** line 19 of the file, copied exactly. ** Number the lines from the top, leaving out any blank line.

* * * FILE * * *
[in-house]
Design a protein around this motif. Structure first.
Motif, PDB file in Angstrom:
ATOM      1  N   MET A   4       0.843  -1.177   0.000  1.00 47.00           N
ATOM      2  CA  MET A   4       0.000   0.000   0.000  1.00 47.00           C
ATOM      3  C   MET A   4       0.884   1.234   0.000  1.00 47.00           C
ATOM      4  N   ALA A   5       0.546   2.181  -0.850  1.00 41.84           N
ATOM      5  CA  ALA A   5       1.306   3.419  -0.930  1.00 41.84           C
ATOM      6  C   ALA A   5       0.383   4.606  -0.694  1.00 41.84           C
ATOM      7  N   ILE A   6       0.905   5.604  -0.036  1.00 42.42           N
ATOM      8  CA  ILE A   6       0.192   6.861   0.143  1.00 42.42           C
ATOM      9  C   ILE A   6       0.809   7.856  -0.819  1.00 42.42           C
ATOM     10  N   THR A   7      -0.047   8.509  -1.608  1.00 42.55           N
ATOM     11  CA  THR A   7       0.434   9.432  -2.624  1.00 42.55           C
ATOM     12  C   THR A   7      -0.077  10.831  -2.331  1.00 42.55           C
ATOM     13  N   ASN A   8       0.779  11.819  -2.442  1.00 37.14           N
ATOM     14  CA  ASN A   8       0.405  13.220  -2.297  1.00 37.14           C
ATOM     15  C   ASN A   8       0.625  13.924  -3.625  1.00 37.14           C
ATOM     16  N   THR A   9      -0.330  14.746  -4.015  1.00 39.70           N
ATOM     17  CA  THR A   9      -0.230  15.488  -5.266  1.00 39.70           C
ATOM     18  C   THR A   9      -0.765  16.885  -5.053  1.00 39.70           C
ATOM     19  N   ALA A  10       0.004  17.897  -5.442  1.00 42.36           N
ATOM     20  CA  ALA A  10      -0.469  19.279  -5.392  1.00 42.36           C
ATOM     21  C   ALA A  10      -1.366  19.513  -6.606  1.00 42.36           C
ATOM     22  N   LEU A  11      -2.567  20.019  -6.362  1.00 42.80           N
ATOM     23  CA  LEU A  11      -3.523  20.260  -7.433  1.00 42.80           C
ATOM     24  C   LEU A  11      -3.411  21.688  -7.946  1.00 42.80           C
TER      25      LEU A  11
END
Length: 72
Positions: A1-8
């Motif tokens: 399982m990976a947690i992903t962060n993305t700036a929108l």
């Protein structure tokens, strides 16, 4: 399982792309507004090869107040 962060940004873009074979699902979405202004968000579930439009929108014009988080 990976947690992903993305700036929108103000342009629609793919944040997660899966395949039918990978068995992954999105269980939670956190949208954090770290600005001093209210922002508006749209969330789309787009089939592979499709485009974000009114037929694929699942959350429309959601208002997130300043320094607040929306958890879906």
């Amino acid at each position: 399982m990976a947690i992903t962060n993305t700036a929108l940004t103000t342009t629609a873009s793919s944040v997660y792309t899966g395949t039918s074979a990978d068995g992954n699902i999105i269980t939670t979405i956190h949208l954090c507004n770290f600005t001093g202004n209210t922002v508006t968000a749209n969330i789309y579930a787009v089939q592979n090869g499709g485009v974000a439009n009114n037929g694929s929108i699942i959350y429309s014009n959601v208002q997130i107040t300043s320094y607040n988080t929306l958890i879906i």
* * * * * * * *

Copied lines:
ATOM     16  N   THR A   9      -0.330  14.746  -4.015  1.00 39.70           N